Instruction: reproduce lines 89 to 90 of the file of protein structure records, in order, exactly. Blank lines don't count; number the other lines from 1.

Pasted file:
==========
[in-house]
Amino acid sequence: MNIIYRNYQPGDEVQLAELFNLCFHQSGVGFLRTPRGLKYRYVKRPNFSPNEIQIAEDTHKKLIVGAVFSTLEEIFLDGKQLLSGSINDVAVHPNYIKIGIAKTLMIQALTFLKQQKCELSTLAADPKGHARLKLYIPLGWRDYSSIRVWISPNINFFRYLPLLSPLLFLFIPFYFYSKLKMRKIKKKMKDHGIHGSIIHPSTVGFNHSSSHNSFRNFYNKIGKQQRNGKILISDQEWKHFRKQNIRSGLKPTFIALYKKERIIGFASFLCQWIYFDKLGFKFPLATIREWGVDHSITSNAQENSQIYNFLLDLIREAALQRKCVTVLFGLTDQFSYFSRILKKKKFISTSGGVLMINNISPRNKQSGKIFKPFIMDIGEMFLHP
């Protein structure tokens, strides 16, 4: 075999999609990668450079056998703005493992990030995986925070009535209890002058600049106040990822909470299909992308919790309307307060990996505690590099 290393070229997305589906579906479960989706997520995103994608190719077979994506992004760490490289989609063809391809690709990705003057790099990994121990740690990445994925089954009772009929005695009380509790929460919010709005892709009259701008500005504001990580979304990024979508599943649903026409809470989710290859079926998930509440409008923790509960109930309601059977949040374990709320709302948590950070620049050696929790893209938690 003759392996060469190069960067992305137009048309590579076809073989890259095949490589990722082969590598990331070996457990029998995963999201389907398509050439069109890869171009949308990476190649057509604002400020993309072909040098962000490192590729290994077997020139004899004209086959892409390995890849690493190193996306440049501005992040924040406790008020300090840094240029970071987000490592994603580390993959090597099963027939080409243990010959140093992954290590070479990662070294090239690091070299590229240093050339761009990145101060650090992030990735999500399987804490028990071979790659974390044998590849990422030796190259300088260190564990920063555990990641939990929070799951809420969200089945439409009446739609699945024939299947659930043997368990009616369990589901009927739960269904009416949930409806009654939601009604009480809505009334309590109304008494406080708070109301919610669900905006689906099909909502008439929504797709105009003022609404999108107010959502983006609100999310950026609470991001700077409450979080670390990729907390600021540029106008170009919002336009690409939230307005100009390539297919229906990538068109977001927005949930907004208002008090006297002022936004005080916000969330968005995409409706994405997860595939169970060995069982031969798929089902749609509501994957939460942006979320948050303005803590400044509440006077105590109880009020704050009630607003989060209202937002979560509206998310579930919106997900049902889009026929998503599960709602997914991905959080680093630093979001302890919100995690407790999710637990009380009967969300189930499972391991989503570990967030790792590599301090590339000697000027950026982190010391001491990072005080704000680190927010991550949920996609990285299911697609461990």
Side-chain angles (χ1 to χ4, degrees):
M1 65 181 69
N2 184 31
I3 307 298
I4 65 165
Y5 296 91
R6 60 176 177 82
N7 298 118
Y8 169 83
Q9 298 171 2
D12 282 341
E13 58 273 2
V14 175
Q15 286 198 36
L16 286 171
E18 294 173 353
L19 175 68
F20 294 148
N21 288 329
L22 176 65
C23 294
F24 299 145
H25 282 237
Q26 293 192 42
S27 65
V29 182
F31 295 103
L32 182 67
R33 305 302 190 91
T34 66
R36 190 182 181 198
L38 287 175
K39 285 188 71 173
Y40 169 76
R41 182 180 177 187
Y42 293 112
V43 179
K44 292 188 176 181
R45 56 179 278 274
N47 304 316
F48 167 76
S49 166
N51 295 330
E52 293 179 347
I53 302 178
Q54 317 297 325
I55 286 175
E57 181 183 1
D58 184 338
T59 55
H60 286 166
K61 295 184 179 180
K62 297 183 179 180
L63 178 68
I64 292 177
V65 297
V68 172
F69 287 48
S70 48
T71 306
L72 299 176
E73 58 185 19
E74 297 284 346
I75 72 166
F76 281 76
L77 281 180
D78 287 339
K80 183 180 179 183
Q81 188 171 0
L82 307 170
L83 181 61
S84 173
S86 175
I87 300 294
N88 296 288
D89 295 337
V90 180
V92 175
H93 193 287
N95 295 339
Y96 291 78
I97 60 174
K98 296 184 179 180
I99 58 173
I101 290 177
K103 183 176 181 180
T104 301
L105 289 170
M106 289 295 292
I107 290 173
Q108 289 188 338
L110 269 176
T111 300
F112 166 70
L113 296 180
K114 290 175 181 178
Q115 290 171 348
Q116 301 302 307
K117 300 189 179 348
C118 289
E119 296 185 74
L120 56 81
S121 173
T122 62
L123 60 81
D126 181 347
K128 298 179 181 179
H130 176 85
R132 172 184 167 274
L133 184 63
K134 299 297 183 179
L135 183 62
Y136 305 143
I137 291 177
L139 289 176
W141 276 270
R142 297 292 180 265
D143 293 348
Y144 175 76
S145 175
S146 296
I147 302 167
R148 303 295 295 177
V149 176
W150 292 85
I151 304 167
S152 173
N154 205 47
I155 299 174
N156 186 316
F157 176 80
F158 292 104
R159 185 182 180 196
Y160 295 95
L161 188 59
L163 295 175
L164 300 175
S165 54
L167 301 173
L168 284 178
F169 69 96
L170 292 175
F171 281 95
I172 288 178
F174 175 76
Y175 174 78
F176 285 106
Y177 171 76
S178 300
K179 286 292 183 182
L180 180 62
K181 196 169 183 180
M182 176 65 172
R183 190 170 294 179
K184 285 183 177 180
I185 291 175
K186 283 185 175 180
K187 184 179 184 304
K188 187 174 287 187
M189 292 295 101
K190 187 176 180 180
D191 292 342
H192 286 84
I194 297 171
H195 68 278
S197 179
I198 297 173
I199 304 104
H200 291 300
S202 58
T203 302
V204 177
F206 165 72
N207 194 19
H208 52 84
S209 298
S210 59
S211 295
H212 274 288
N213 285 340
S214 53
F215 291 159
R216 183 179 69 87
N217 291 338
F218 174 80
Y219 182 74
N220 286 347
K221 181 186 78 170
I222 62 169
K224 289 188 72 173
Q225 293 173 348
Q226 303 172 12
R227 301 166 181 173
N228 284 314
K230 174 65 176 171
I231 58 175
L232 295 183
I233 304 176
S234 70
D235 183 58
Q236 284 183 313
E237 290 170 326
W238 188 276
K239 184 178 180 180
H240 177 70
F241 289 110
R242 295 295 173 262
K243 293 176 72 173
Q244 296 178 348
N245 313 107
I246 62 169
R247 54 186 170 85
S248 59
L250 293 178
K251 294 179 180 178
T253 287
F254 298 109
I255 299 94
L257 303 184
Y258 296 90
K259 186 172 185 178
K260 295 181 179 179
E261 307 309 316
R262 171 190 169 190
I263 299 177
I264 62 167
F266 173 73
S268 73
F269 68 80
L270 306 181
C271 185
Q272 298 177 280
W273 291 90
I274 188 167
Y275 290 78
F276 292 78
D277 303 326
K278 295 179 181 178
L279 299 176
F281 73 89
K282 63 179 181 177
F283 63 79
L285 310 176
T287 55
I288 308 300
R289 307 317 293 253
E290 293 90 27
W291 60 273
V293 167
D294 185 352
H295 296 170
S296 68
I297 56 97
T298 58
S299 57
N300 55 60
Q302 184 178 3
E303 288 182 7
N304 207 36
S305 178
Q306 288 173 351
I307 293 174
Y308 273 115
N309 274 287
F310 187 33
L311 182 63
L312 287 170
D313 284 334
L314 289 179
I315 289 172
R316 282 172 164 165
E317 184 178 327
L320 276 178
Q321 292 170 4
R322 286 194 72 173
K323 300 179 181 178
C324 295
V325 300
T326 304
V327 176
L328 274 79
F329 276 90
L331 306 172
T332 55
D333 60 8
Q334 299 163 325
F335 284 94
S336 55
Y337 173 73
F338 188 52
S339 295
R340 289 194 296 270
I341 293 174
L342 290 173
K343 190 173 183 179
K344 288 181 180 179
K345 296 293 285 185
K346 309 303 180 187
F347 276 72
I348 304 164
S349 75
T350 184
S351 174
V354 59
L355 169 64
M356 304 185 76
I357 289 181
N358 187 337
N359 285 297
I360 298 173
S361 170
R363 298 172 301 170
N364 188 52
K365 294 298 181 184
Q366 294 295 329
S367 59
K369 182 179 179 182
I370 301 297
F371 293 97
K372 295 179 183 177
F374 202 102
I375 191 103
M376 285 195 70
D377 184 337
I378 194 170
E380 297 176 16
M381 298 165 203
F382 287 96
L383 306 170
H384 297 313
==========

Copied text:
K103 183 176 181 180
T104 301